About the only thing that remains constant in e-book publishing is that it changes—everything from the services to marketing strategies. Here, I’ve attempted to round-up all the good resources I know of related to (1) learning to publish an e-book, (2) finding the right e-publishing services, and (3) staying on top of changes in the industry. […]
I am thrilled to announce that my 24-lecture series on how to publish your book is now available from The Great Courses.
Writing coach and author Angela Ackerman discusses techniques for identifying and connecting with your target reading audience.
As publishing becomes increasingly digital-driven, how are the business models for authorship changing?
How an indie author turned a story concept into a full-fledged multimedia universe, including a live blog, illustrated journal, merchandise, and podcast.
You can find marketing inspiration in what others have done, but also know that the less advertised “strategies” might actually be the ones worth pursuing.
Two literary agents offer their thoughts on the self-publishing of children’s books and what the future of the picture book might look like.
Amazon’s Kids’ Book Creator allows the average Joe to create illustrated children’s books for the Kindle and upload them directly to Amazon.
This is an introductory guide to the major self-publishing options available to authors today, and how to choose the right service for you.
UK author Harry Bingham describes the four stages of his career, and why he’s decided to self-publish after good experiences with traditional houses.
Word doesn’t export to EPUB, but you can still produce an editable file quickly, without buying software or using a “meatgrinder” conversion.
If you don’t like the terms offered by Amazon’s ACX for selling your audiobook, you do have an alternative. Author Lee Stephen explains the path he took.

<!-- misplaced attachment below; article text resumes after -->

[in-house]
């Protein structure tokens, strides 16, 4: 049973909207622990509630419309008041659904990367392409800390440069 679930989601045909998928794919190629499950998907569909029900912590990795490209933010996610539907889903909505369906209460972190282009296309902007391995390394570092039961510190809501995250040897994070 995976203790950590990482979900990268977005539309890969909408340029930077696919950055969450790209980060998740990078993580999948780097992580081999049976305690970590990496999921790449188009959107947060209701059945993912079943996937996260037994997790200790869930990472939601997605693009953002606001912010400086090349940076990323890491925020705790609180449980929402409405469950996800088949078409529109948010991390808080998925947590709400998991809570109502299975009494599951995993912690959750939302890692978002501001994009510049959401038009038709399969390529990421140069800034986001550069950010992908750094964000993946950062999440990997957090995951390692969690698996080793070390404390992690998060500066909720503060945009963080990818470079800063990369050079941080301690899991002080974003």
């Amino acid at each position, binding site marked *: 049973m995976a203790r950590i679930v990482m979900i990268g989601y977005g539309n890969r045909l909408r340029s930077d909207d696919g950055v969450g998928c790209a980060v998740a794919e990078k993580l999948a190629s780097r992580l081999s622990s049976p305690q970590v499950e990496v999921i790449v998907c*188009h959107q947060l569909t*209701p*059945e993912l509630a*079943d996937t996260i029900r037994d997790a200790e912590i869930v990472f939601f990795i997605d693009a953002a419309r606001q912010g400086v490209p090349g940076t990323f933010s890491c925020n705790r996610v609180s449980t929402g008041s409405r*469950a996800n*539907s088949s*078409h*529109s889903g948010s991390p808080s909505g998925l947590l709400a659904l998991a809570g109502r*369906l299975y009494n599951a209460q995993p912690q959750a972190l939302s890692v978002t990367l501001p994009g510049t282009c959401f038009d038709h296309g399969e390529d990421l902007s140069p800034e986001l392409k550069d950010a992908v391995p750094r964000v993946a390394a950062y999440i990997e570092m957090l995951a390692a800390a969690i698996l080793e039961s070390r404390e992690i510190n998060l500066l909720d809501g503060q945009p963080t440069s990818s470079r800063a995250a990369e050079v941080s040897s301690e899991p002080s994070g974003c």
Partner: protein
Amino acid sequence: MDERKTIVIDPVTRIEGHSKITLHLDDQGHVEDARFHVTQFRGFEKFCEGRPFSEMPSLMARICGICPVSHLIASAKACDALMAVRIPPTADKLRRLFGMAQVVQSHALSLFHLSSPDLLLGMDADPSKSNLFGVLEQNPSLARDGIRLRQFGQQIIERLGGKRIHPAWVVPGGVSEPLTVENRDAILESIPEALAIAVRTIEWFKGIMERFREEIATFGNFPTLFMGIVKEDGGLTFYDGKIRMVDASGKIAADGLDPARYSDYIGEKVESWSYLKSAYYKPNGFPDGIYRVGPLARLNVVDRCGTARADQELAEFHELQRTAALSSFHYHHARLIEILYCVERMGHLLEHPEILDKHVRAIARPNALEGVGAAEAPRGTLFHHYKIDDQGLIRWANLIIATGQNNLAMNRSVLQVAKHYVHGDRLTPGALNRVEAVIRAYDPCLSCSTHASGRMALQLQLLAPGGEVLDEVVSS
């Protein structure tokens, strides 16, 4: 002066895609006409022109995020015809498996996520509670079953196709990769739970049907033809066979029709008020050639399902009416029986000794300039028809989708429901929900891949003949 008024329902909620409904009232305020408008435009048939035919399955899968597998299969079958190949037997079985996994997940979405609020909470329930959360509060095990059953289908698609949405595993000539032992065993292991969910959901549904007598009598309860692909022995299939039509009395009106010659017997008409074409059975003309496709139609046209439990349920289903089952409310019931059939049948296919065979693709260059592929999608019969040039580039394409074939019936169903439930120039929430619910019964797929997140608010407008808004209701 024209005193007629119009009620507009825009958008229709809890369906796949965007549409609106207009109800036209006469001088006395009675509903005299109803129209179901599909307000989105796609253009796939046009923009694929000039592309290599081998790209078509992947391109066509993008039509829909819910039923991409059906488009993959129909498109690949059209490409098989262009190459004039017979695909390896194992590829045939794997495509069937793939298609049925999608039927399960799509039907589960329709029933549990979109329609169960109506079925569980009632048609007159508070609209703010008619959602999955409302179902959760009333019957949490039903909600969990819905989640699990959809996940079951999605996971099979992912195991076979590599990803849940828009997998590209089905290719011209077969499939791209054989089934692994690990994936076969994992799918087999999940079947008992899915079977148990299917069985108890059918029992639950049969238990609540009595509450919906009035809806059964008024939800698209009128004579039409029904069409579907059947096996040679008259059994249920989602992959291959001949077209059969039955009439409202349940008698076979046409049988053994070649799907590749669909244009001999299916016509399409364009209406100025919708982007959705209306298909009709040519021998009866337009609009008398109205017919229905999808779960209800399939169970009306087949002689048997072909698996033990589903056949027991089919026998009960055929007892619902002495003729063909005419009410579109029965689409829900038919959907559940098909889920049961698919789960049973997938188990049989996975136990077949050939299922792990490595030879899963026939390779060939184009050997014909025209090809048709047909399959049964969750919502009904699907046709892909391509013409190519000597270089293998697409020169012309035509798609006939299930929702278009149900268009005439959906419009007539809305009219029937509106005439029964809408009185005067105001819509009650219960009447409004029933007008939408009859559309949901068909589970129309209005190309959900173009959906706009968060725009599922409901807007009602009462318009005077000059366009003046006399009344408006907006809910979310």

My latest column at Writer Unboxed tackles serial fiction—and how it’s changing writing, reading, and publishing. Here’s a little snippet: Both serials and fan fiction have been around a long time (since Dickens, remember?). If these forms are being reinvented and rediscovered because mobile- and tablet-based reading is growing, this may mean the strategic author […]
Micro-published books are short, tight, and swift. A meaningful discussion of micro-publishing has been pushed aside during the ongoing tug-of-war between traditional publishing and independent publishing (self-publishing). But we are well beyond “everyone is a writer” at this point. We have progressed into “everyone is a publisher,” if they wish to be—and we have been living in this realm for some time already. Fortunately, micro-publishing benefits the industry as a whole by bringing some much-needed simplicity and directness into a publishing equation that is often weighted down by its own complexity and contracts. And it also benefits you, the writer.
Is it possible to successfully publish and sell your e-books—without a platform—as long as you choose the right genre?
Is it possible that all the changes happening in publishing can be encapsulated by a conversation about self-publishing?
Bestselling author Michael J. Sullivan proposes that publishers give authors permission to send free ebooks to readers who have purchased print editions.
In Writing on the Ether, Porter Anderson looks at the revelation of J.K. Rowling’s pseudonym for The Cuckoo’s Calling and implications for publishing.
This infographic breaks down the key 5 publishing paths, their value to authors, the potential pitfalls, and examples of each.
Today’s guest post is by Judy L. Mandel, author of the Replacement Child, forthcoming from Seal Press in March 2013. I asked her to tell the story of self-publishing her memoir, which ultimately led to a traditional book deal from Seal. Most authors don’t give any credence to luck, but they lie. Luck has so […]